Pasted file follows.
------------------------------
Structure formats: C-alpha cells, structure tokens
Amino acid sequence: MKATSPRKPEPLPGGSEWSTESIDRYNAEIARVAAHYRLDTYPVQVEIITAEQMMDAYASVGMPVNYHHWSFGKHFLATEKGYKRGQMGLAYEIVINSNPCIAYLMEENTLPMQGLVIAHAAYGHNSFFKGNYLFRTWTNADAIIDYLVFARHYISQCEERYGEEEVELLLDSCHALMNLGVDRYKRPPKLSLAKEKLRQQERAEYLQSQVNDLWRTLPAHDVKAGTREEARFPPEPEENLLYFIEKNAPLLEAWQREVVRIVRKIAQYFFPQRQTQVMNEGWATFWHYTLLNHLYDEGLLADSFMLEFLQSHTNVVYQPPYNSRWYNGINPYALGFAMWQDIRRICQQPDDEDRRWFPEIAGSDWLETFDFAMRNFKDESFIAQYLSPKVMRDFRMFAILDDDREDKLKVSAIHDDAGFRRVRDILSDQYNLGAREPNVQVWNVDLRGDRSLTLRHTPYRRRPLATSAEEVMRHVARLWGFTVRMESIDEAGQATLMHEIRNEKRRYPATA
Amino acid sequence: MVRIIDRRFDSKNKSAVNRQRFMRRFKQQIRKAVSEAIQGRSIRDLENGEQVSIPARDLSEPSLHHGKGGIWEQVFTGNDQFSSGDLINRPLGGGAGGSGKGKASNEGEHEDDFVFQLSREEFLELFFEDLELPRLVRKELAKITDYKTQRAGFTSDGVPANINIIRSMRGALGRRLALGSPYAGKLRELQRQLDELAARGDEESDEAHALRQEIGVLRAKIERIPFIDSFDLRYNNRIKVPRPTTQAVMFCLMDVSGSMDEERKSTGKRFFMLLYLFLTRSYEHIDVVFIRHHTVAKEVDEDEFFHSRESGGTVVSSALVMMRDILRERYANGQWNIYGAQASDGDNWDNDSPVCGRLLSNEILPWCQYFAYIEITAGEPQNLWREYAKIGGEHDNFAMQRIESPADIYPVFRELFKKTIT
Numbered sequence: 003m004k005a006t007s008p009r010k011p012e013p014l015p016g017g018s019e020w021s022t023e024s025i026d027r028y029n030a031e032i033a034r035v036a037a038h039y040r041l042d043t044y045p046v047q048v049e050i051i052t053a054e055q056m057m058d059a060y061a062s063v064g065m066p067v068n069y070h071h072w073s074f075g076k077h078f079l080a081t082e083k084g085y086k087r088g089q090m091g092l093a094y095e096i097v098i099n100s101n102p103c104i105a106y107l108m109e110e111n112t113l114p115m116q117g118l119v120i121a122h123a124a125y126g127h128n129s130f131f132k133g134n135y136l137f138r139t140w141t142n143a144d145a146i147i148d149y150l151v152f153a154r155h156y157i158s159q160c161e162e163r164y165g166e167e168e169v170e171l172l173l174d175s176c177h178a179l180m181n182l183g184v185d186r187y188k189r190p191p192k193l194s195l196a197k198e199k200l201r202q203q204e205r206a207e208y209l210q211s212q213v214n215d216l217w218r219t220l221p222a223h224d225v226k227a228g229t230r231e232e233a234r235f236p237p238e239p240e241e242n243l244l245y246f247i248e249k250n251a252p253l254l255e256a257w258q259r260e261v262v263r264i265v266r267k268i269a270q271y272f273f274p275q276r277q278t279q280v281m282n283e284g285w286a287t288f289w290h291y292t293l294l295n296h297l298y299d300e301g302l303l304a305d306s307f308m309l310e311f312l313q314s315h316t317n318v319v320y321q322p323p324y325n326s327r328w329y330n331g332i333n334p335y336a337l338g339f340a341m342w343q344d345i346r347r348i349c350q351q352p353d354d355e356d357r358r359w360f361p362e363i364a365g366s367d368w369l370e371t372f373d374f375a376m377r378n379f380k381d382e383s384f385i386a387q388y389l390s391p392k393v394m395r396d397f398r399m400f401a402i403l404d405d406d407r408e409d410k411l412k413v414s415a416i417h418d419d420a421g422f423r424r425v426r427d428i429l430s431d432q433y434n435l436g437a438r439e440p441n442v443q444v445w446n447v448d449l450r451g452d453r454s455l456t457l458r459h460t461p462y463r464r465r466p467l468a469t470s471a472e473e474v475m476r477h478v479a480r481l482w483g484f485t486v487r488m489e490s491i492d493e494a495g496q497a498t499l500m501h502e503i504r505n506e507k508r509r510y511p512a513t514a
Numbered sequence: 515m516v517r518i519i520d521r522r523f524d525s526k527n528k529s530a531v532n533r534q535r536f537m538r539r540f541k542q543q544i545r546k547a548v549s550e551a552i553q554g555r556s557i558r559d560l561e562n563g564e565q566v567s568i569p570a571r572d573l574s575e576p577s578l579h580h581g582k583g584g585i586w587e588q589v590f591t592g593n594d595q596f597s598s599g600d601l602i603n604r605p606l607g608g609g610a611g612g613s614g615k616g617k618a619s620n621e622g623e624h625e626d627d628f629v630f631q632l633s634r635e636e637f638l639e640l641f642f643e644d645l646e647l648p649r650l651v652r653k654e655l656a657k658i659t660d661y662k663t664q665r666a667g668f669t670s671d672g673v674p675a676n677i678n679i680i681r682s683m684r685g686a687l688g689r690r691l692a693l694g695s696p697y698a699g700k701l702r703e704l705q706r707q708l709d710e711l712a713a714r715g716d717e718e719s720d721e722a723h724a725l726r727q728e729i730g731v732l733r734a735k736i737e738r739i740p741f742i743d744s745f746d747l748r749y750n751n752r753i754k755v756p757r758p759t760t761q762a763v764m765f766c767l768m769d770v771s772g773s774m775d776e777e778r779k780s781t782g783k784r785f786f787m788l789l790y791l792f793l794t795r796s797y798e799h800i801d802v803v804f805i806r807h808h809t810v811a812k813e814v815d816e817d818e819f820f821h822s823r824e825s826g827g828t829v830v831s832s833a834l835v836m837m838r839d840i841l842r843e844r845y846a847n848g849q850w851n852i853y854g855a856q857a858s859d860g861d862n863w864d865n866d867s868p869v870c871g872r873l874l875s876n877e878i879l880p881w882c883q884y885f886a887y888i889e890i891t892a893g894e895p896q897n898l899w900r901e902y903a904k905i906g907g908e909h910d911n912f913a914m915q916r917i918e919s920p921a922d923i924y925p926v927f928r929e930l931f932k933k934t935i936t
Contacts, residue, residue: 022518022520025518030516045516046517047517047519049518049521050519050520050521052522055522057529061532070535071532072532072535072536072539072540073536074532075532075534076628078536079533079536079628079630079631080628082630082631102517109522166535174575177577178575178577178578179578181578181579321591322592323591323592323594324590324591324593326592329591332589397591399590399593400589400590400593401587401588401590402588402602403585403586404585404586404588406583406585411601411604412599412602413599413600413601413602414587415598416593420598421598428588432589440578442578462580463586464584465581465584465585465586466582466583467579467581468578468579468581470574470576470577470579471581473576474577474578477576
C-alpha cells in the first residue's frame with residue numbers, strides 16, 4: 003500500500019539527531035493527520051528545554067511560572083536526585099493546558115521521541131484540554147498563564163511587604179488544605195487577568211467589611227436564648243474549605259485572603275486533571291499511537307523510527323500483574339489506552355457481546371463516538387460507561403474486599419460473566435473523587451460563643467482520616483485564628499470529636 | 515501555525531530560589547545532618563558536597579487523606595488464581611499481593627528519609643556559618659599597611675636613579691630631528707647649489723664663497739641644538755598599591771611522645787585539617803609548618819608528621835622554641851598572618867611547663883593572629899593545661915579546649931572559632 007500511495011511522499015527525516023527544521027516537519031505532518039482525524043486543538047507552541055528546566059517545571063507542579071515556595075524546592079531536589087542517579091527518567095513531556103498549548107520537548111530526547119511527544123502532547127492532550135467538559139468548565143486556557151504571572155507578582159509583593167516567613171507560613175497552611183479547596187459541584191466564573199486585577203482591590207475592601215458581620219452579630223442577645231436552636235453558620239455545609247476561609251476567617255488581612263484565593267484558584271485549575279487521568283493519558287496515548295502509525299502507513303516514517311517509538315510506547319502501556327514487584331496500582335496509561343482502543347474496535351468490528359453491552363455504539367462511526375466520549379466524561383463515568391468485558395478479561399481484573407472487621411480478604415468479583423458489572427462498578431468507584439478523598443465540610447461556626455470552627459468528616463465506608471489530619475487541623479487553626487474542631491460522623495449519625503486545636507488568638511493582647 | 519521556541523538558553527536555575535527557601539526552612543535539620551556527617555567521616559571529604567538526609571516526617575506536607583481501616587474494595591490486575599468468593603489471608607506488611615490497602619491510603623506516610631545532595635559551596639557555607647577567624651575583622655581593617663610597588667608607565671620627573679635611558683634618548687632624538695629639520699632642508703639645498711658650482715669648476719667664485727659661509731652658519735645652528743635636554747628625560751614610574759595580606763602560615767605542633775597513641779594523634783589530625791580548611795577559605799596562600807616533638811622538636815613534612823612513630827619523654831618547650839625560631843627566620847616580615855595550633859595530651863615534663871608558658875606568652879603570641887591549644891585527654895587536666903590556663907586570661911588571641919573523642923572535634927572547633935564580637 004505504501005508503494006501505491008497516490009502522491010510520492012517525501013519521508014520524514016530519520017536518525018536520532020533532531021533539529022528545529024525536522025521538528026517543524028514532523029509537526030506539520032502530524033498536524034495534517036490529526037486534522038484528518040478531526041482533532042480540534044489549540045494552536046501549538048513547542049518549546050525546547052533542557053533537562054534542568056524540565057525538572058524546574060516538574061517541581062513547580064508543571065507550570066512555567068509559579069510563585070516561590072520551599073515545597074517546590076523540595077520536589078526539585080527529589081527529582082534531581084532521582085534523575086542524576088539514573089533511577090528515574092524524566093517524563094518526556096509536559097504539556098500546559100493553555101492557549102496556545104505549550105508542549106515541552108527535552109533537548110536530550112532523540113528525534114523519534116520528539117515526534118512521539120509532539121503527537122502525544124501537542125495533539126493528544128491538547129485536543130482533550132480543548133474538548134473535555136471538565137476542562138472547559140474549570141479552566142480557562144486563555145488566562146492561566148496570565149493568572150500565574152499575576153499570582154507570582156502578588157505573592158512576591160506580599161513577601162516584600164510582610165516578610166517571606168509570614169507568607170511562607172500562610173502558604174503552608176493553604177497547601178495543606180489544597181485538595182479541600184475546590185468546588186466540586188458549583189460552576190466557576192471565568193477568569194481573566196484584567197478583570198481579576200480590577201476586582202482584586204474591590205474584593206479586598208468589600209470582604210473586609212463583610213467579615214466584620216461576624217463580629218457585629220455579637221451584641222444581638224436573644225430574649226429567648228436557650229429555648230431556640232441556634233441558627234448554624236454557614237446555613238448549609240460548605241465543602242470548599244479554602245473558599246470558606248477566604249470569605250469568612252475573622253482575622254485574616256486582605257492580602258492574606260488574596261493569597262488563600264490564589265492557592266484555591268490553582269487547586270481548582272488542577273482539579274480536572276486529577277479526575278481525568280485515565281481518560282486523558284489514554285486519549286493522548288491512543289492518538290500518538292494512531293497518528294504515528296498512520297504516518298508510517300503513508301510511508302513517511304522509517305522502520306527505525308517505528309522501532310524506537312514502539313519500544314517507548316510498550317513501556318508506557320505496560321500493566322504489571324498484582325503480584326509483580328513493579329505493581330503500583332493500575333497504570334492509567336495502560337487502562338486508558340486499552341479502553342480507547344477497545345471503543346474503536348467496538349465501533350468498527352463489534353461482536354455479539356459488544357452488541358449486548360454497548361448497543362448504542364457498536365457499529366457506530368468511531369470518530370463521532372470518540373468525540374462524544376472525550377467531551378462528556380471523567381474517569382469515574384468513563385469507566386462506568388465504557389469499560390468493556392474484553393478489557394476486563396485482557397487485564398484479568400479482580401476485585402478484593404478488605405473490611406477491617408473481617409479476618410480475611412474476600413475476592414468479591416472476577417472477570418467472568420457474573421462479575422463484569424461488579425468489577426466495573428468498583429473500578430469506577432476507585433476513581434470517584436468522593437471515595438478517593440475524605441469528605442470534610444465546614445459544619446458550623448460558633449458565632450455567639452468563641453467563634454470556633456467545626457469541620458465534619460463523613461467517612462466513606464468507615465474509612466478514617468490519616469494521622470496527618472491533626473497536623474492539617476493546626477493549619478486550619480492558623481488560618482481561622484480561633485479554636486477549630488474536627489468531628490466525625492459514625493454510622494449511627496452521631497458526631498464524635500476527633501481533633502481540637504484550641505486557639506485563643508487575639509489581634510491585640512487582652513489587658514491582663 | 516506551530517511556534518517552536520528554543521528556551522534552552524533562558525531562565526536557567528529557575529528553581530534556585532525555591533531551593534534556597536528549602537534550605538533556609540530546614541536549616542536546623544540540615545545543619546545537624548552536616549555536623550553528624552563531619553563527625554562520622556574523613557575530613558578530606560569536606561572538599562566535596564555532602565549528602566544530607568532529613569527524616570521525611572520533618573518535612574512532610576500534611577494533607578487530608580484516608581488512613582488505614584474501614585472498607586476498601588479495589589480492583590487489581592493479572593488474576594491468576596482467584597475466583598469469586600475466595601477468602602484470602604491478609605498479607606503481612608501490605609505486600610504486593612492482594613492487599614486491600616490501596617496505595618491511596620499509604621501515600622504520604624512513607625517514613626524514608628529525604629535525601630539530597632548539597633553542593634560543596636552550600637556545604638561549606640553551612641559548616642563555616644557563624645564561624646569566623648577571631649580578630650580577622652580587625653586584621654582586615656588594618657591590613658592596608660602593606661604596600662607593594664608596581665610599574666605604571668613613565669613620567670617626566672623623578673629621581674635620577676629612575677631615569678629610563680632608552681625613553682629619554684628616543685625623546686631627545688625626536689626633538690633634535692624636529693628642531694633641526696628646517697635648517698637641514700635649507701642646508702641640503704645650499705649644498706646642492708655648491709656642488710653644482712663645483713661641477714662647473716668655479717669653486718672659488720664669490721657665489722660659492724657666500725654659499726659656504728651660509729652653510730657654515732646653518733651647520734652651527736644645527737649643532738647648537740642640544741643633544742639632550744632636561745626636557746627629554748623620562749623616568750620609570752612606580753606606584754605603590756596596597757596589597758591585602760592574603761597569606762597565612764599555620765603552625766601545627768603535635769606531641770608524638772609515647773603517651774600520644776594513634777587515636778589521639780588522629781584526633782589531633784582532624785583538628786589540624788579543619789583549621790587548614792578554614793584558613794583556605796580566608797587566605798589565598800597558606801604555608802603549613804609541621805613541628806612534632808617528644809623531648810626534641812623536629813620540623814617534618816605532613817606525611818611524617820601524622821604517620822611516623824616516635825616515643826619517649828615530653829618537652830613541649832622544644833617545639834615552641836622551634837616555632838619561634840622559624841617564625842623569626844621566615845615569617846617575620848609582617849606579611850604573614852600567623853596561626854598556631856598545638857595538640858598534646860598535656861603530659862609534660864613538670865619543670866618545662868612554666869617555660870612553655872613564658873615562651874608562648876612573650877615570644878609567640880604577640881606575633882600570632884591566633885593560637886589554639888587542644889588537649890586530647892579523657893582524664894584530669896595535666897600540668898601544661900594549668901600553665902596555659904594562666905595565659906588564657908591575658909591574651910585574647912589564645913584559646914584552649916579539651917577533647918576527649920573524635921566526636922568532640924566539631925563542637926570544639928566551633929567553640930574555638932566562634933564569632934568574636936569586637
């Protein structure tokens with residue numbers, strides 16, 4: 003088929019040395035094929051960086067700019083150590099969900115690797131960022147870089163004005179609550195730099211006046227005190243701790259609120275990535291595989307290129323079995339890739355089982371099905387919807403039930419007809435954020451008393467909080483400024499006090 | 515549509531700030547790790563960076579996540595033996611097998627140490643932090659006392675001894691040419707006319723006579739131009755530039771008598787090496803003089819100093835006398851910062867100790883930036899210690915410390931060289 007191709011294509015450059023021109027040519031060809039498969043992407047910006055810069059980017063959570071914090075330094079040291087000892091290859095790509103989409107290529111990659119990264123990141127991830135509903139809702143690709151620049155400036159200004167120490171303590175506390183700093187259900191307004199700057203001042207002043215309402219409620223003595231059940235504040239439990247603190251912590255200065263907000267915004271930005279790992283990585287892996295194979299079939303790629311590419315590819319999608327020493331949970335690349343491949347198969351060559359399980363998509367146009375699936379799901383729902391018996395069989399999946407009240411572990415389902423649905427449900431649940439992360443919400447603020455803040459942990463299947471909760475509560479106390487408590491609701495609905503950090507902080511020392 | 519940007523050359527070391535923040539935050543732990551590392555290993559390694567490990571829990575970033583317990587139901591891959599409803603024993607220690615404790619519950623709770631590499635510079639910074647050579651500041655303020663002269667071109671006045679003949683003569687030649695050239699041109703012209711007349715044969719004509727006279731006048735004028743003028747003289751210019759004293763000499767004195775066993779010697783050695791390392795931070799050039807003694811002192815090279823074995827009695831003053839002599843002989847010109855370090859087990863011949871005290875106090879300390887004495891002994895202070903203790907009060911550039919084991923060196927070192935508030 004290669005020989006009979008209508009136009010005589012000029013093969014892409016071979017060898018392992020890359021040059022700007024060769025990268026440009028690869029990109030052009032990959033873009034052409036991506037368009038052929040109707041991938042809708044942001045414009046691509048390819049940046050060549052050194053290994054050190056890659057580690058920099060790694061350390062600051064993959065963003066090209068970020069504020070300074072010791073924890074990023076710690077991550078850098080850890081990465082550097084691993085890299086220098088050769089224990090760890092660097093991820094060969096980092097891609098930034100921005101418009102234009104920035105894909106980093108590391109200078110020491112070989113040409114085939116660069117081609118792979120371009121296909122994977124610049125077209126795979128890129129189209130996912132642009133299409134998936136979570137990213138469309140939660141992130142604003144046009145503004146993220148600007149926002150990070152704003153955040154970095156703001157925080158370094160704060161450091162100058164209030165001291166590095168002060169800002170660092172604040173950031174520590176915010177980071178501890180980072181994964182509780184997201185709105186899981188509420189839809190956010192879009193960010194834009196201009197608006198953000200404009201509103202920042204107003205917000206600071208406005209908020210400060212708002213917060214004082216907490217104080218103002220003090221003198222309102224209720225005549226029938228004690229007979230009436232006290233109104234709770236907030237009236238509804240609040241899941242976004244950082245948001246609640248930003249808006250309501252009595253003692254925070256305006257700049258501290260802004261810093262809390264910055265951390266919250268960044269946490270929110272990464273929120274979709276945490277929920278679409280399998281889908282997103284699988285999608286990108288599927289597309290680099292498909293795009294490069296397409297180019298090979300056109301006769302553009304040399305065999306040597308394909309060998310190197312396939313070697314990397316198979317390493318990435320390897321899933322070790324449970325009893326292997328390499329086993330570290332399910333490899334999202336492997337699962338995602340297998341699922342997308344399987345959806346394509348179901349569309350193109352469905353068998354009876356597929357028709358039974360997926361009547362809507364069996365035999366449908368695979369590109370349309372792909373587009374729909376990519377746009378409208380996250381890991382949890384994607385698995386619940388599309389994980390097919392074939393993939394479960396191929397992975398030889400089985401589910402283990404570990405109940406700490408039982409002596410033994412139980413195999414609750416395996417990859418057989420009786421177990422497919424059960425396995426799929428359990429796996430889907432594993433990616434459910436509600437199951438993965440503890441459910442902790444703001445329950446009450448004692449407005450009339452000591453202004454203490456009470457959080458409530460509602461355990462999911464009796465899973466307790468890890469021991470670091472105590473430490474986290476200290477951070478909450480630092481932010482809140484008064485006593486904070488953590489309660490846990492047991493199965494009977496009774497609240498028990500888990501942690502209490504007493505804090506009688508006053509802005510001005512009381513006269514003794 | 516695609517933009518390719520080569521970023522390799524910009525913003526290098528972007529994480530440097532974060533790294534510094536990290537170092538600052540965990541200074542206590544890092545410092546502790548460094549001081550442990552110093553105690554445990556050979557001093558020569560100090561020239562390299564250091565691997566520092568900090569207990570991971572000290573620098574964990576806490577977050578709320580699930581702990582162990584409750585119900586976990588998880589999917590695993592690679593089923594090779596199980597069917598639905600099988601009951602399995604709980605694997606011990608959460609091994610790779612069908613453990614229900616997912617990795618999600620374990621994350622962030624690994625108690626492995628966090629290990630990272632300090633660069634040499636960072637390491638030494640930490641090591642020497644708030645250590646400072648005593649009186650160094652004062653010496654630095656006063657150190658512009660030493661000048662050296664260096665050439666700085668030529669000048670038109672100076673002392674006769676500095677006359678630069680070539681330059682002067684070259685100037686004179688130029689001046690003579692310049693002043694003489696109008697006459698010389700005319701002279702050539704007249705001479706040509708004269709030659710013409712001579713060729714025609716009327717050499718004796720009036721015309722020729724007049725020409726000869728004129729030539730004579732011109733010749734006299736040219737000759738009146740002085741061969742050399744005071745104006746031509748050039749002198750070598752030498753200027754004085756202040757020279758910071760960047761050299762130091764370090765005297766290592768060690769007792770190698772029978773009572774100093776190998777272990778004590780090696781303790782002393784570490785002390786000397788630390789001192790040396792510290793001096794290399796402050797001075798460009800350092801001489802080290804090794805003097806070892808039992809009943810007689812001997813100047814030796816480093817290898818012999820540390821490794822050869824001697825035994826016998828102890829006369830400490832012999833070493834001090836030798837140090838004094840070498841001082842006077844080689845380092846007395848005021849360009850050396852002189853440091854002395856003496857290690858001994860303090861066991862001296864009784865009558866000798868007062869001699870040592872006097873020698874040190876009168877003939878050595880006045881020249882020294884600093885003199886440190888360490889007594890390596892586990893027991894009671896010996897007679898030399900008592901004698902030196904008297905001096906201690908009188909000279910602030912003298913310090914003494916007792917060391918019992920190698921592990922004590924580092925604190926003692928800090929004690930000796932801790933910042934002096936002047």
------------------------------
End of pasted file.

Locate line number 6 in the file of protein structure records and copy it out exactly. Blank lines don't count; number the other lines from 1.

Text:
Contacts, residue, residue: 022518022520025518030516045516046517047517047519049518049521050519050520050521052522055522057529061532070535071532072532072535072536072539072540073536074532075532075534076628078536079533079536079628079630079631080628082630082631102517109522166535174575177577178575178577178578179578181578181579321591322592323591323592323594324590324591324593326592329591332589397591399590399593400589400590400593401587401588401590402588402602403585403586404585404586404588406583406585411601411604412599412602413599413600413601413602414587415598416593420598421598428588432589440578442578462580463586464584465581465584465585465586466582466583467579467581468578468579468581470574470576470577470579471581473576474577474578477576